The Carnivorous Plant FAQ v. 11.5
- courtesy of -
The International Carnivorous Plant Society

Q: About peat.

Californian peatlands

Sphagnum products
peat: lower right
A: Most carnivorous plants require acidic soil, of the sort with characteristics that match their wetland origins. The soil in these wetlands is derived from partially decayed plant matter and is very high in organic content. Despite the high organic content, the soil has a high acidity and almost no nutrient availability. It is called "peat"

An important plant in acidic wetlands is a moss called Sphagnum (Sphagnum is the name of the genus). When Sphagnum moss decomposes slightly, it produces Sphagnum peat moss. It is often marketed as simply "peat moss." Sphagnum peat moss is so useful to carnivorous plant growers that they often just call it "peat".

Please be aware, though, that any partially decayed plant matter is called peat. So be a little cautious when referring to peat moss by the convenient name peat. I'll assume you understand the distinction; throughout the FAQ when I refer to peat I mean Sphagnum peat moss. Do not confuse peat moss with sedge peat (which is derived from decayed sedges, a grasslike plant)! I have been told by FAQ-reader N.M. that in the UK you can use a product called "Moorland Gold", which is an ecologically-sound peat alternative, and which works well on at least Drosera and Sarracenia.

Peat is available in various quantities, and in my experience it is best to buy it in large volumes. In the USA, it is actually still sold in "bales" (can you believe how backwards this great country is?). A bale is an antiquated volume measurement equivalent to 3.5 cubic feet. (Feet....sigh.)

A bale of peat costs about US$20. Yes, a bale is a lot of peat, but in time I use it all. If you buy smaller bags of peat, beware: they are often prewetted (so you are paying for water), but worse still, small bags are sometimes treated with wetting agents, compounds such as soaps which may be harmful to some carnivorous plants---do you want to take that chance?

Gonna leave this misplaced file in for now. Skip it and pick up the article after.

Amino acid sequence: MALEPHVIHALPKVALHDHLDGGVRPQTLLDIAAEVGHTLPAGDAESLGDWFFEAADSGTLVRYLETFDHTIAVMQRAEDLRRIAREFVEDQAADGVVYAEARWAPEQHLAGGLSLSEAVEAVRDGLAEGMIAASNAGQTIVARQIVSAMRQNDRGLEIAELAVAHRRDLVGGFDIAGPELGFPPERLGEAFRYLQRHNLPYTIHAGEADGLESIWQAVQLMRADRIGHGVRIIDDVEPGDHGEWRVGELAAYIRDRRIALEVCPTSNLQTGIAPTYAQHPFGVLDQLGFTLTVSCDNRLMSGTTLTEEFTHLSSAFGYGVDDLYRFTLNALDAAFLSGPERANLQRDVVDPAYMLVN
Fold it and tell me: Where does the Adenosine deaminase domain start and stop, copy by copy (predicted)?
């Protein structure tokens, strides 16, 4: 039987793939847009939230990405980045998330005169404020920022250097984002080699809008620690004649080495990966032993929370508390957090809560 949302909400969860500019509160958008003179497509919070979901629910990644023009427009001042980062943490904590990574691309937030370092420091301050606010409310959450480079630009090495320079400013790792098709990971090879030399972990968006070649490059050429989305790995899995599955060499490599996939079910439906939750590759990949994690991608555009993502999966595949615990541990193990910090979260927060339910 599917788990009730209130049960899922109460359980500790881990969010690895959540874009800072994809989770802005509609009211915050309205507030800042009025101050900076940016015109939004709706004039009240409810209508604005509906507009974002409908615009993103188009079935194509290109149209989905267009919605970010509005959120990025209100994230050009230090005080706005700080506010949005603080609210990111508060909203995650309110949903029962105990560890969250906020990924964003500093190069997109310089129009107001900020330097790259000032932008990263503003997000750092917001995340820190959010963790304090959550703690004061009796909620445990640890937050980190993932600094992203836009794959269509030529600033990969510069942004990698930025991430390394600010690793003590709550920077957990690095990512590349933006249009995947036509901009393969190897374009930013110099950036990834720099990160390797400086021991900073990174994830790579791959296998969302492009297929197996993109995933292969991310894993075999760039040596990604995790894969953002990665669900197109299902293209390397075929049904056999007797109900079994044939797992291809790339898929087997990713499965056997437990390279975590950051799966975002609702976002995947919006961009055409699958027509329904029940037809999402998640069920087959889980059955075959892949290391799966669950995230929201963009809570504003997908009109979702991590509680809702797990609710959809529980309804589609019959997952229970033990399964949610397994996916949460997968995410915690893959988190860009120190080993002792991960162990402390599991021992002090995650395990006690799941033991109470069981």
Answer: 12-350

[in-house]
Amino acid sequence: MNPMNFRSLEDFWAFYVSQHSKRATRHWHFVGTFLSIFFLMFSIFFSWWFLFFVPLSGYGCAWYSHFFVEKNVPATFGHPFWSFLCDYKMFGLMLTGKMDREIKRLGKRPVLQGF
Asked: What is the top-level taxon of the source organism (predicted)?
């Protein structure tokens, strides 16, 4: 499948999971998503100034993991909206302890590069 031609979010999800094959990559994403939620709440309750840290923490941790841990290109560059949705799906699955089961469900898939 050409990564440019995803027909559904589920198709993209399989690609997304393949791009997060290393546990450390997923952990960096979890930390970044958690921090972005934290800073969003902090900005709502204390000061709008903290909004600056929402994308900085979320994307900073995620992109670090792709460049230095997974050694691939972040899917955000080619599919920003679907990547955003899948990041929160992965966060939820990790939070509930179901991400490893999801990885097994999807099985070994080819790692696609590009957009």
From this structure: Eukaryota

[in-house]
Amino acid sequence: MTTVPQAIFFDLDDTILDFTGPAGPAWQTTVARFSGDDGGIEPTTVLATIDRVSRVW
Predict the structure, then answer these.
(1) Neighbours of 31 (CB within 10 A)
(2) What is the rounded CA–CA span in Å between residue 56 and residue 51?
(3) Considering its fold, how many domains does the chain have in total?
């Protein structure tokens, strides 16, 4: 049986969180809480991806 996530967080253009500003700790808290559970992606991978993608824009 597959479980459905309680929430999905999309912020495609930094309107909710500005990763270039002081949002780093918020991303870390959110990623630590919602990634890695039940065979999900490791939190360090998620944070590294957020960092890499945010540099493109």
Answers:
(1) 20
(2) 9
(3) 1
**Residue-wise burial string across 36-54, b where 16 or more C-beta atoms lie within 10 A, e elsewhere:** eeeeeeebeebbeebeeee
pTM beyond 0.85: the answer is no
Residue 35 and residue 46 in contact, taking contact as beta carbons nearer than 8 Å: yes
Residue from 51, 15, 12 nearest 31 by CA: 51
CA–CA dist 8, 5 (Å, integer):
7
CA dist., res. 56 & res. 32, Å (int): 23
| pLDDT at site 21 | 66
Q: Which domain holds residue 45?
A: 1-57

Dry peat is often compressed and is bone dry. Peat is difficult to wet, so do not use it in your soil mixes without first moistening it. If you are moistening small volumes, crumble it into a powder with your hands, put it in a deep tray, then add an equal volume of water. The peat will float. Grab a handful of peat, submerge it, then squeeze the air out. Keeping the peat underwater, let it re-expand. It will draw water in and become wet. Voila!

Moistened peat is a few shades darker than dry peat.

The majority of growers feel that peat by itself is too dense for most carnivorous plants and that it does not allow aeration in the soil. I agree. This can be circumvented by adding sand to the peat. I recommend a 50/50 mix for a general potting mix that works on a huge number of carnivorous plants, including the ones you are likely to have as a beginner (except for Nepenthes).

Peat is mined from bogs---wild areas in which carnivorous plants grow. So every time you use a chunk of peat, you have used up some carnivorous plant habitat. Don't waste your peat, OK? Kay Klier submitted a few excellent notes on peat and Sphagnum, and describes the situation more. After a few years, peat in a carnivorous plant pot gets old and mucky. Instead of throwing it out, use this stuff in your garden. It is an excellent way to enrich the garden soil with organic material.

Page citations: Rice, B.A. 2006a; personal observation.

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Revised: October 2007
©Barry Rice, 2005